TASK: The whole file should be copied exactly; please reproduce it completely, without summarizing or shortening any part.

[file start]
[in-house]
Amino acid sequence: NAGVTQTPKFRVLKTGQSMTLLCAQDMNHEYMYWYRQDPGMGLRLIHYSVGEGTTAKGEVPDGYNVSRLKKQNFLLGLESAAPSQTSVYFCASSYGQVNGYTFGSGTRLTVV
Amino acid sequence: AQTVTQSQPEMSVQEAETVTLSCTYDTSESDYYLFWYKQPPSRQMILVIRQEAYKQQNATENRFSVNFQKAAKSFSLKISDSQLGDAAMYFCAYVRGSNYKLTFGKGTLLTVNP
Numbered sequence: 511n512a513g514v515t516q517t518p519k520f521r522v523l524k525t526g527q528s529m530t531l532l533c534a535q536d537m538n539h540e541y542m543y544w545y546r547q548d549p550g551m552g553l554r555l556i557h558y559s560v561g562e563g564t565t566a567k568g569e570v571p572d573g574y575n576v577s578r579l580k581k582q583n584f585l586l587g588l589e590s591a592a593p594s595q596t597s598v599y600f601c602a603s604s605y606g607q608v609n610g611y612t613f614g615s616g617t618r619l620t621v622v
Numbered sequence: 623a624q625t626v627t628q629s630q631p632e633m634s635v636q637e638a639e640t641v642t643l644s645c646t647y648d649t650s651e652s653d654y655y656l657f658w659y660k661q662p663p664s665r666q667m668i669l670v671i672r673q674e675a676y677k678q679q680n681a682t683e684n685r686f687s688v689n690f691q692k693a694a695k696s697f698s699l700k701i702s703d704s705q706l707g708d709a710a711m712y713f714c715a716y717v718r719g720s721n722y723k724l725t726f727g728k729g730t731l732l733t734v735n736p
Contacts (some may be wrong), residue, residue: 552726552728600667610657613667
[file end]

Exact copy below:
[in-house]
Amino acid sequence: NAGVTQTPKFRVLKTGQSMTLLCAQDMNHEYMYWYRQDPGMGLRLIHYSVGEGTTAKGEVPDGYNVSRLKKQNFLLGLESAAPSQTSVYFCASSYGQVNGYTFGSGTRLTVV
Amino acid sequence: AQTVTQSQPEMSVQEAETVTLSCTYDTSESDYYLFWYKQPPSRQMILVIRQEAYKQQNATENRFSVNFQKAAKSFSLKISDSQLGDAAMYFCAYVRGSNYKLTFGKGTLLTVNP
Numbered sequence: 511n512a513g514v515t516q517t518p519k520f521r522v523l524k525t526g527q528s529m530t531l532l533c534a535q536d537m538n539h540e541y542m543y544w545y546r547q548d549p550g551m552g553l554r555l556i557h558y559s560v561g562e563g564t565t566a567k568g569e570v571p572d573g574y575n576v577s578r579l580k581k582q583n584f585l586l587g588l589e590s591a592a593p594s595q596t597s598v599y600f601c602a603s604s605y606g607q608v609n610g611y612t613f614g615s616g617t618r619l620t621v622v
Numbered sequence: 623a624q625t626v627t628q629s630q631p632e633m634s635v636q637e638a639e640t641v642t643l644s645c646t647y648d649t650s651e652s653d654y655y656l657f658w659y660k661q662p663p664s665r666q667m668i669l670v671i672r673q674e675a676y677k678q679q680n681a682t683e684n685r686f687s688v689n690f691q692k693a694a695k696s697f698s699l700k701i702s703d704s705q706l707g708d709a710a711m712y713f714c715a716y717v718r719g720s721n722y723k724l725t726f727g728k729g730t731l732l733t734v735n736p
Contacts (some may be wrong), residue, residue: 552726552728600667610657613667